Unlike the monthly fleamarkets at Kitano and Toji, the Shimogamo book fair occurs but once a year. Used book dealers from all over Japan, set up booths in the garden of Shimogamo Shrine for a book-lovers’ festival that goes on for four days. And to a book maven such as myself, it is a treasure trove of delight.

So on this rainy weekend, I can curl up with my treasures very much like the child in the festival flyer shown at right.

Shimogamo shrine, KyotoShimogamo is a Shinto shrine located about 5 minutes from my house by bicycle. It dates back to the 17th century and is a world heritage site. Shimogamo Shrine was built within the Tadasu no Mori,”the forest of truth.” And despite the encroaching urbanism of modern Kyoto, a portion of this forest is preserved within the temple garden, some of the trees being marked as particularly sacred by a wrapping of straw rope. According to legend, all lies will be exposed in this forest.

Used book fair at Shimogamo shrine, KyotoThe particularly rainy summer we had this year made the garden a lush green contrasted sharply by the vermillion Torii gates that mark the transition from the profane world into the sacred space of the garden.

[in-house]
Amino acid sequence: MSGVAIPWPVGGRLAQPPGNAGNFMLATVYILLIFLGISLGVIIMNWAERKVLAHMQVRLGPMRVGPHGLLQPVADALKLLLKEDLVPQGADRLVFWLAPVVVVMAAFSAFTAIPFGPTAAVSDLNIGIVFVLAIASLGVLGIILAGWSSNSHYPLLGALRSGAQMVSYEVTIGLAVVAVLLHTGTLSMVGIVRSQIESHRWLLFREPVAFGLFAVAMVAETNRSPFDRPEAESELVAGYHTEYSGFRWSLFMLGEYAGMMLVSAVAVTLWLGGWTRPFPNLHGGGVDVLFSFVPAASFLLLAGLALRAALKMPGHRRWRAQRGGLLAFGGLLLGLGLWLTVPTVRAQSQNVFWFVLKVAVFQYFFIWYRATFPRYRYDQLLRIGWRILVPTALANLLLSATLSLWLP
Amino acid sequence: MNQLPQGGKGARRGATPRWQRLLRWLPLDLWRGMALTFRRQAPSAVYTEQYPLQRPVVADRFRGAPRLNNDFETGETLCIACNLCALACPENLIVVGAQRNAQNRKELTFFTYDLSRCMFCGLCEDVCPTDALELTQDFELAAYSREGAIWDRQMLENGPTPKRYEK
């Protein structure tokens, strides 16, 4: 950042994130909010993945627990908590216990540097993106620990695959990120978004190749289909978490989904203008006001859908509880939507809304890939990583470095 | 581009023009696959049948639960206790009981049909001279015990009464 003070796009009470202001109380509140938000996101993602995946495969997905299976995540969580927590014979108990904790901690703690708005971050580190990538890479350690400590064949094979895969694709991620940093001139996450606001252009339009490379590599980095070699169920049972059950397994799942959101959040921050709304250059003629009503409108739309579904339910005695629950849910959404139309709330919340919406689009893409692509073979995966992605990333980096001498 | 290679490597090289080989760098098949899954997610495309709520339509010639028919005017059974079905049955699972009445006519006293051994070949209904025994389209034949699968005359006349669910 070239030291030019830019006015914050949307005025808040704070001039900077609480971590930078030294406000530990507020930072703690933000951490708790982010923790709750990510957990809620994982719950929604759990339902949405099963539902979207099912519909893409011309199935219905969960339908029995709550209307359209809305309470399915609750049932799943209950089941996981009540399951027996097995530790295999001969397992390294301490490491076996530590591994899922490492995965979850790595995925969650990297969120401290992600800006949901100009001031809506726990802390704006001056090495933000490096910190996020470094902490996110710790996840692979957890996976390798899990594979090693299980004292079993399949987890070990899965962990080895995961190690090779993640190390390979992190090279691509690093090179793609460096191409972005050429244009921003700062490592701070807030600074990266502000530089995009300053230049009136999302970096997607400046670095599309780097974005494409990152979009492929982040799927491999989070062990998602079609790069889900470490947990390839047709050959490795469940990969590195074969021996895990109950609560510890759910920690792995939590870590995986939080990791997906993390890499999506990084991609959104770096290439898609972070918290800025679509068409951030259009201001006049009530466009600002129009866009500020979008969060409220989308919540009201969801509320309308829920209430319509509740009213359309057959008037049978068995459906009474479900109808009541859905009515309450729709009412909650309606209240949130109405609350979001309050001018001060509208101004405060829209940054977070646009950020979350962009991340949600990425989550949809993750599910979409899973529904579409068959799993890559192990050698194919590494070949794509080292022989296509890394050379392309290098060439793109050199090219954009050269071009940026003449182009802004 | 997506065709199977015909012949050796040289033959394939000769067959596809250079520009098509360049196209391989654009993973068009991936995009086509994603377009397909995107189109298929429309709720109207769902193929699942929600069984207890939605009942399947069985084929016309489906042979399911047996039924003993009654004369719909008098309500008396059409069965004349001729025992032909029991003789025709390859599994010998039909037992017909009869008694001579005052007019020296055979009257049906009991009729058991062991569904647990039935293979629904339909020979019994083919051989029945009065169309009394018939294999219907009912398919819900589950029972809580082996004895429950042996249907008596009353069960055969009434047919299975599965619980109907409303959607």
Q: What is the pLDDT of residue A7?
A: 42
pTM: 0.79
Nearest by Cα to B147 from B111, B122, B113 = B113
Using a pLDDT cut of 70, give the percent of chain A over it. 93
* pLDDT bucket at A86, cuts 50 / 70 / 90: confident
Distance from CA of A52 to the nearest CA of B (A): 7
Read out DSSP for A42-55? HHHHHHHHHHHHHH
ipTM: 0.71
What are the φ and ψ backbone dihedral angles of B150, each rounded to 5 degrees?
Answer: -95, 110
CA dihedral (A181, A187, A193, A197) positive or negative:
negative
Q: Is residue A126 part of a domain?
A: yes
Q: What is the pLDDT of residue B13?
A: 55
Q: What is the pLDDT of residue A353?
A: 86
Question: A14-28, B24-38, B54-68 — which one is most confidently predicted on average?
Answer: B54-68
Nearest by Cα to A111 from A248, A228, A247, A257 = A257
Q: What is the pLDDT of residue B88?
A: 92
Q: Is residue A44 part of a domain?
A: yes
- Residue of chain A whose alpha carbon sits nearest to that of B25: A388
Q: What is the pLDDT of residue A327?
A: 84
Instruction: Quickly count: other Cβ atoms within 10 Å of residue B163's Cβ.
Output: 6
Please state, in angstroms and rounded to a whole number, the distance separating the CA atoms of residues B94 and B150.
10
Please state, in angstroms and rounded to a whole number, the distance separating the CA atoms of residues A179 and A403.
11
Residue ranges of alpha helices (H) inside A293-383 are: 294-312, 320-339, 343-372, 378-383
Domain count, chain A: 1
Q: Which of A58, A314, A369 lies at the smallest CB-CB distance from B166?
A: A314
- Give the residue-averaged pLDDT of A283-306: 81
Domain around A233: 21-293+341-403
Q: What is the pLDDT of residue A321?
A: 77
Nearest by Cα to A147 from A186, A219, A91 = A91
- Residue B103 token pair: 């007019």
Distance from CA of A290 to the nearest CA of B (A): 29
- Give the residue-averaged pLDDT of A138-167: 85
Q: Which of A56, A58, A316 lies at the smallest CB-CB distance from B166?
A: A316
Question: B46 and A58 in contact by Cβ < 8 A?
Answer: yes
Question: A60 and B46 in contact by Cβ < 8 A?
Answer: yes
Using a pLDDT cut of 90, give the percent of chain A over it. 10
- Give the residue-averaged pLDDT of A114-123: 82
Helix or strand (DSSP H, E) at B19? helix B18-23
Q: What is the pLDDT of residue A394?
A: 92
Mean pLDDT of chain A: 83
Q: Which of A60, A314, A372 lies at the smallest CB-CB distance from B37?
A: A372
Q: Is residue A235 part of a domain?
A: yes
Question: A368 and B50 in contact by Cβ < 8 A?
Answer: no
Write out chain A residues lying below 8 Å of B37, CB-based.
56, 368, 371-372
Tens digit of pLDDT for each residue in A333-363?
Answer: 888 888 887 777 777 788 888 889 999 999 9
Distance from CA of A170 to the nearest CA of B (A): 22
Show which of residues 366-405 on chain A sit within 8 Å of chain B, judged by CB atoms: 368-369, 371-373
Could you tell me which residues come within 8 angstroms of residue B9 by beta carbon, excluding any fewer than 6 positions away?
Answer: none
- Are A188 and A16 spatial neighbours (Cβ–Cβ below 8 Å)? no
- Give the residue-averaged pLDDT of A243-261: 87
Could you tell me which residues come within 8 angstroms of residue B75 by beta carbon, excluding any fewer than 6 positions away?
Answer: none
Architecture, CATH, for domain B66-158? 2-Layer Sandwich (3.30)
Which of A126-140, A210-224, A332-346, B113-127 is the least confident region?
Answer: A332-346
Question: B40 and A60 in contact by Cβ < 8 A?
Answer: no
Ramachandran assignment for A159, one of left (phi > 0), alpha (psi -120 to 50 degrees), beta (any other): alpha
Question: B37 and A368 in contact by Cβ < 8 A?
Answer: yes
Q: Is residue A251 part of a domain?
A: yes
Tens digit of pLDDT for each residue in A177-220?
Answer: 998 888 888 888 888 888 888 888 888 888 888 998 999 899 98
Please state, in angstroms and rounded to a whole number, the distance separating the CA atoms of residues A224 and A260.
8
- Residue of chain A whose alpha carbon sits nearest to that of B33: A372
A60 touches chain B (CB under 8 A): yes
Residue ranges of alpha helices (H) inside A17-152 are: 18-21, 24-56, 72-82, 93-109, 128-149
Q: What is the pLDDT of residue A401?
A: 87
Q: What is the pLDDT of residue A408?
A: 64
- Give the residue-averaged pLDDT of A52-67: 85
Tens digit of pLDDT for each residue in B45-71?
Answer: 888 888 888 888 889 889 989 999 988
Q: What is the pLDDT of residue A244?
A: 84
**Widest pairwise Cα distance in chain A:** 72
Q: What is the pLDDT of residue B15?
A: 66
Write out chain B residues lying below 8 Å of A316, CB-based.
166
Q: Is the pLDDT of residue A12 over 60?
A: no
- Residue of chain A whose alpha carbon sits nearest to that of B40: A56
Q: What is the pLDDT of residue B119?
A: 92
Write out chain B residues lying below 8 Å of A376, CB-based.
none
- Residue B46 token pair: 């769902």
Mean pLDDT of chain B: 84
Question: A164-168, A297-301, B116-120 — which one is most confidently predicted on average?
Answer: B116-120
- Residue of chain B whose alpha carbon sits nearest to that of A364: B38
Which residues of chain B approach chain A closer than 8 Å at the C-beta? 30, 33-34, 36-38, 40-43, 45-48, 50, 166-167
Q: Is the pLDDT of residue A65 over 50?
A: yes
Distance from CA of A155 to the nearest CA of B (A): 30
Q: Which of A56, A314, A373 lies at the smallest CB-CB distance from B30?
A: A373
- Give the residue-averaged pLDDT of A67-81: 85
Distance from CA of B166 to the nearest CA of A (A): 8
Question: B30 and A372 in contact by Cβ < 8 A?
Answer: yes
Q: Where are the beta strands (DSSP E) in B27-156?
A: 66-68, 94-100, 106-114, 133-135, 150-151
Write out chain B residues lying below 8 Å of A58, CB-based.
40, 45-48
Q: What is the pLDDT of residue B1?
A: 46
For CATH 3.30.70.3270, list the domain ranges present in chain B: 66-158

And once inside, there beneath the canopy of trees in the forest of truth was all the books that book lover could ever love.
Old jazz LPs at the used book fair at Shimogamo shrine, Kyoto Collections of magazines that span the last half century, books on every topic imaginable. Whether you are a music fan, a sports fan, a car enthusiast, history buff, or poetry lover, you will find a treasure waiting there to feed your soul.

Of course, there are also a few other bits of soul food, like the vintage LPs for the jazz aficionado at left. Overall a nice lot of cool and hot jazz. Great opportunities to add some vintage jazz to your collection.

Vintage patterns at the used book fair at Shimogamo shrine, Kyoto
And among my personal favorites, there are sometimes a few vintage patterns from the 40s and 50s — in Japanese, of course.